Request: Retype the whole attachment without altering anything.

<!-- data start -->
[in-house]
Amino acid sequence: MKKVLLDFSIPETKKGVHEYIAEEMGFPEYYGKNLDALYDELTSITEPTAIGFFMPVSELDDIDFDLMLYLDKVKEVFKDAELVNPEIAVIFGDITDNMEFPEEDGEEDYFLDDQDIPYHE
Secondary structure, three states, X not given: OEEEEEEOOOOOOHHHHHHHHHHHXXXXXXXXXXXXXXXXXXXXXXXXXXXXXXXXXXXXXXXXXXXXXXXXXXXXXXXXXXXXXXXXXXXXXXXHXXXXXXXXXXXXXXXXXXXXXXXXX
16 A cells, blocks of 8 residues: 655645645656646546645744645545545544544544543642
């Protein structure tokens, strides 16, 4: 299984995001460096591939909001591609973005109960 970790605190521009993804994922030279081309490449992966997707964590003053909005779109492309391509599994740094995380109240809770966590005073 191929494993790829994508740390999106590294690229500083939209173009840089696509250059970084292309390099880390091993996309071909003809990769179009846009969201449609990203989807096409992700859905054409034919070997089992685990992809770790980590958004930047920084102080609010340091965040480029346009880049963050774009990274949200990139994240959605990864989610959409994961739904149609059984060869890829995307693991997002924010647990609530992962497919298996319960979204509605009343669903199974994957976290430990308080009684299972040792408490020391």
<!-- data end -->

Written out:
[in-house]
Amino acid sequence: MKKVLLDFSIPETKKGVHEYIAEEMGFPEYYGKNLDALYDELTSITEPTAIGFFMPVSELDDIDFDLMLYLDKVKEVFKDAELVNPEIAVIFGDITDNMEFPEEDGEEDYFLDDQDIPYHE
Secondary structure, three states, X not given: OEEEEEEOOOOOOHHHHHHHHHHHXXXXXXXXXXXXXXXXXXXXXXXXXXXXXXXXXXXXXXXXXXXXXXXXXXXXXXXXXXXXXXXXXXXXXXXHXXXXXXXXXXXXXXXXXXXXXXXXX
16 A cells, blocks of 8 residues: 655645645656646546645744645545545544544544543642
């Protein structure tokens, strides 16, 4: 299984995001460096591939909001591609973005109960 970790605190521009993804994922030279081309490449992966997707964590003053909005779109492309391509599994740094995380109240809770966590005073 191929494993790829994508740390999106590294690229500083939209173009840089696509250059970084292309390099880390091993996309071909003809990769179009846009969201449609990203989807096409992700859905054409034919070997089992685990992809770790980590958004930047920084102080609010340091965040480029346009880049963050774009990274949200990139994240959605990864989610959409994961739904149609059984060869890829995307693991997002924010647990609530992962497919298996319960979204509605009343669903199974994957976290430990308080009684299972040792408490020391």